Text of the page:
Even for the seasoned NHL fan or broadcaster, the names Nikolai Zherdev, Ilya Kovalchuk and Miikka Kiprusoff present pronunciation obstacles.
Now imagine 5-year-olds stumbling, stammering and guessing their way through those tongue twisting names.
The concept of a child being selected to read off the names of the scratches before Dallas Stars home games is just one of many concepts being considered to lure fans back to the NHL.
The process of drawing the fans back to a product that was already classified as overpriced and has been damaged by the loss of the 2004-2005 season began in earnest Wednesday with the news of the lockout ending. The Stars are treating the 2005-2006 season much like when the franchise relocated to Texas in 1993-1994.
Be open to anything; be above nothing.
"If NASCAR hasn't shown everyone what you have to do, then that person isn't intelligent; they've made it so everyone in the world knows the driver's face," Stars executive vice president for sales and marketing Geoff Moore said.
"We have to re-connect with fans so they know the players."
Focus groups have told the Stars that fans are tired of high ticket prices, which the Stars hope they addressed Wednesday when they announced lower post-lockout prices. The Stars had been near the top of the league in ticket prices over the previous five seasons, and that was usually blamed on the team's high payroll. Even before the lockout, the Stars were struggling to sell out American Airlines Center. During the 2003-2004 season, their 238-game sellout streak ended and 19 of their 41 home games were not sellouts.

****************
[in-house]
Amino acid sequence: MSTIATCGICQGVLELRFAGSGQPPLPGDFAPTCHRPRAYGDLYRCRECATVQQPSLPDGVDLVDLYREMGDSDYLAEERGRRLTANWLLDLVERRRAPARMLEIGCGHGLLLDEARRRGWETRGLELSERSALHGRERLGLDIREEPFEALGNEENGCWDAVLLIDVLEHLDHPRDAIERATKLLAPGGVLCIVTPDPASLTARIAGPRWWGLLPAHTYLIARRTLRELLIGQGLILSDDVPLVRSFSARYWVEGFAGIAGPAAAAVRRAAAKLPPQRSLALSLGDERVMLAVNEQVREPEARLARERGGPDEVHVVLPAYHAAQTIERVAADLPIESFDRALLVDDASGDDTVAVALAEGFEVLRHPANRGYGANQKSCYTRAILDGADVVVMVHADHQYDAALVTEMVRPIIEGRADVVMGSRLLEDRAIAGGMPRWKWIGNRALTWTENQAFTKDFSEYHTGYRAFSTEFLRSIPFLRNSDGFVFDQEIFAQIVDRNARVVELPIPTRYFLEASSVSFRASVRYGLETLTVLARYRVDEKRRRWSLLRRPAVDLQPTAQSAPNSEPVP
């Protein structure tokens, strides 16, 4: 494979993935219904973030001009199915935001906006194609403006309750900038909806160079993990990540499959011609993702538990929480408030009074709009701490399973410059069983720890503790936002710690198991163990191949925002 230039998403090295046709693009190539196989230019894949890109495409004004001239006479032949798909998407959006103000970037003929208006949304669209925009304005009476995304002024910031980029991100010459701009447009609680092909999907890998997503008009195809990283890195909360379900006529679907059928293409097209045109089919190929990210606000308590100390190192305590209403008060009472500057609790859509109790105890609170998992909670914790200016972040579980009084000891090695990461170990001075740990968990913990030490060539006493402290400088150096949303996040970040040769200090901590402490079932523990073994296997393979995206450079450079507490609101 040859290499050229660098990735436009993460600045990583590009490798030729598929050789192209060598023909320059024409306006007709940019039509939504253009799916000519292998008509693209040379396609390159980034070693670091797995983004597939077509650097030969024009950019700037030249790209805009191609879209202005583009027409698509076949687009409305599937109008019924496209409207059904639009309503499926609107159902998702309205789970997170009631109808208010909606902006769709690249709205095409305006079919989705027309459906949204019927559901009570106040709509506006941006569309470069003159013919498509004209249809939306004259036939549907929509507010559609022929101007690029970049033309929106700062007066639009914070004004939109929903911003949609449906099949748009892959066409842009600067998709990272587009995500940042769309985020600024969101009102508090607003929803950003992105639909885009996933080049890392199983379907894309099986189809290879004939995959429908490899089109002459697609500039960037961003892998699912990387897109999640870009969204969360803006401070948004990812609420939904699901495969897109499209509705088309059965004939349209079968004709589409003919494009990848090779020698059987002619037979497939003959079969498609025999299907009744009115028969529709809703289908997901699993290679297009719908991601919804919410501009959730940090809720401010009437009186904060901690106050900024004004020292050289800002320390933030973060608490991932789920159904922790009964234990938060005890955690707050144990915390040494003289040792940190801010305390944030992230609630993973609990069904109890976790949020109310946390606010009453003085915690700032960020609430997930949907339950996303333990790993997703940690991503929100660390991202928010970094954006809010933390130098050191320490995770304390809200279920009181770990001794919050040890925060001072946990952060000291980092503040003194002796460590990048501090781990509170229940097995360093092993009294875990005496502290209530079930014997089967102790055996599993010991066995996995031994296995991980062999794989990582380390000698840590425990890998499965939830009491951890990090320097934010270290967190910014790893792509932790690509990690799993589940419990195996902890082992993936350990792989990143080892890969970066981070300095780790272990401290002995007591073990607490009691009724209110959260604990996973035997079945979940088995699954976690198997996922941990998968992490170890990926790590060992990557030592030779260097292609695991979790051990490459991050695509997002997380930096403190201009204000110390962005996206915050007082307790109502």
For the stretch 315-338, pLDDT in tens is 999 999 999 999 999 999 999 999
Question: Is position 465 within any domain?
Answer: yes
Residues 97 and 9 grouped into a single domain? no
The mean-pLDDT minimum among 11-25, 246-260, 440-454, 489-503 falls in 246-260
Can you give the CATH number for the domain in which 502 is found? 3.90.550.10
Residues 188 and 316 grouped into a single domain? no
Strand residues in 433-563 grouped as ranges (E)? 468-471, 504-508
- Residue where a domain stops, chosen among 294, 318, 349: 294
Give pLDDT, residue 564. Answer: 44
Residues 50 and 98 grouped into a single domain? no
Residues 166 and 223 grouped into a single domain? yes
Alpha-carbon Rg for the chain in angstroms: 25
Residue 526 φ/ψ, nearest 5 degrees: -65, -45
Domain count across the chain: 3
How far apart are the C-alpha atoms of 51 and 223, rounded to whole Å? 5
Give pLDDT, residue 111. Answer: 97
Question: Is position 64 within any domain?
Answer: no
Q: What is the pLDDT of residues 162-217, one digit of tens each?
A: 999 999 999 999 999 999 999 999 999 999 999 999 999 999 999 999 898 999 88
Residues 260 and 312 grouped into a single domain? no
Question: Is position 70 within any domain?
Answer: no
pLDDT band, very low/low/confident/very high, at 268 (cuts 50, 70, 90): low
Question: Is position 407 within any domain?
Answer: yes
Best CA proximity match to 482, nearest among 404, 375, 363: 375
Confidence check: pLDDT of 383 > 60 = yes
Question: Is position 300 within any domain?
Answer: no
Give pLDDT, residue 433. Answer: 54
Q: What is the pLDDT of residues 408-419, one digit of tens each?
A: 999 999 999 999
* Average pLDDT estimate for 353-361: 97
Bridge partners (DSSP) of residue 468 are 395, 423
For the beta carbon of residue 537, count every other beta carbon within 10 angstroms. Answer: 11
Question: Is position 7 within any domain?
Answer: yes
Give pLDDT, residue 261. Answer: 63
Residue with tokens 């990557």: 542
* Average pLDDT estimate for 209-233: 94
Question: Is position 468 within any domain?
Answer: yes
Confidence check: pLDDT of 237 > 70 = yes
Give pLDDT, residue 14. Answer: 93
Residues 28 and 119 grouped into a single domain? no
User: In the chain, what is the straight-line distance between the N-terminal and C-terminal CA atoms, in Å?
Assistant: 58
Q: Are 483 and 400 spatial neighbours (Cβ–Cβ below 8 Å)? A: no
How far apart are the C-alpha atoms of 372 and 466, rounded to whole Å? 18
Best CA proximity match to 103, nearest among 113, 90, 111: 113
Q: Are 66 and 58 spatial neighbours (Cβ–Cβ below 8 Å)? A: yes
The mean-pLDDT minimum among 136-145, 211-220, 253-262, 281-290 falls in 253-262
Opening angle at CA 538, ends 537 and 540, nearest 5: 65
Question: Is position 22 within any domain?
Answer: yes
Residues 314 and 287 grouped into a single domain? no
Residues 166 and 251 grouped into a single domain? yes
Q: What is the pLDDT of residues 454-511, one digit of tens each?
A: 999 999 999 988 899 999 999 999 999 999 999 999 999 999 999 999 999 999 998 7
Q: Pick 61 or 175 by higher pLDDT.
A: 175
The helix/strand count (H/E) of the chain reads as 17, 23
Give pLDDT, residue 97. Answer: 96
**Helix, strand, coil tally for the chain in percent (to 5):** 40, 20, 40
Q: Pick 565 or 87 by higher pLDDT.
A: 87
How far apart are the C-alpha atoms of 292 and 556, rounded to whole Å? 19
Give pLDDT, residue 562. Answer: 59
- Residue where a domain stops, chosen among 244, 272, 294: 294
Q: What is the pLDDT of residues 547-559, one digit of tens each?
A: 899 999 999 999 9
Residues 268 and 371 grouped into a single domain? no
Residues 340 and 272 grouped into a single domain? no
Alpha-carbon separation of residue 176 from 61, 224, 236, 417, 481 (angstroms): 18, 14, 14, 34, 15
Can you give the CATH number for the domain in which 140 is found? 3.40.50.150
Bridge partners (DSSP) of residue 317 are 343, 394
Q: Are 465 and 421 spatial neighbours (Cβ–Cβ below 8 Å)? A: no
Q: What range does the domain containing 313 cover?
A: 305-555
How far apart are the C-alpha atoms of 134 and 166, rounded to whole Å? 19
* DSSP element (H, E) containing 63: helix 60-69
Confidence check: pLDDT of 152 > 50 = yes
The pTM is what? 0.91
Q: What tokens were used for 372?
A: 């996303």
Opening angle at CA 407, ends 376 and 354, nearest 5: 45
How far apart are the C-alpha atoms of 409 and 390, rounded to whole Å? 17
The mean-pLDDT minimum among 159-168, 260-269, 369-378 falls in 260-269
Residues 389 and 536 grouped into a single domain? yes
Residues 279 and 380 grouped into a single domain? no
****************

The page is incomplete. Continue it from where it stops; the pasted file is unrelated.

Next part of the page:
With a new salary cap of US$39 million, the Stars no longer will be able to use a high payroll as a crutch to explain high ticket prices. Stars owner Tom Hicks said the stability in payroll will mean stability in ticket prices.
For some, that isn't enough.
"Players gave back 24 percent of the current contracts, and now there is a salary cap," Fort Worth resident and Stars season ticket holder Drew Ruiz said. "There should have been [a greater ticket price] reduction."
Focus groups also said fans are annoyed with what they perceive as being too far removed from the players.
Thus, the Stars plan to hold more interactive events where fans can meet and speak with Bill Guerin or Marty Turco for more than the time it takes to sign an autograph.
"The only way you could get an autograph after a game was to know someone who knows someone," Moore said. "We used to have Fan Appreciation Day on the last game of the regular season. Why wait? We need to make it more about fan appreciation."
So the Stars will open all practices to the fans free of charge. Training camp, which likely will open around Sept. 12 or 13 in Frisco, also will be open to the fans, who can e xpect postgame autograph sessions, too.
As much as it might have inconvenienced players in the past, such activities will be part of a future the players say they need to embrace.
"I hope all those players that were the kind of guys who just showed up to the rink to play now realize there's a lot more to it," New York Islanders defenseman Adrian Aucoin said. "You have to do more than just show up and play, collect a paycheck and go home. You have to do your part to sell the league and make it grow."
The Stars are likely to increase promotional giveaways of collectibles, revamp their Web site; they might select a fan each game to blow the goal horn and change in-game entertainment.
Teams might have to take even more drastic measures to lure back fans if attendance lags. Professional sports leagues have had work stoppages before, but the NHL is the first North American pro league to lose an entire season.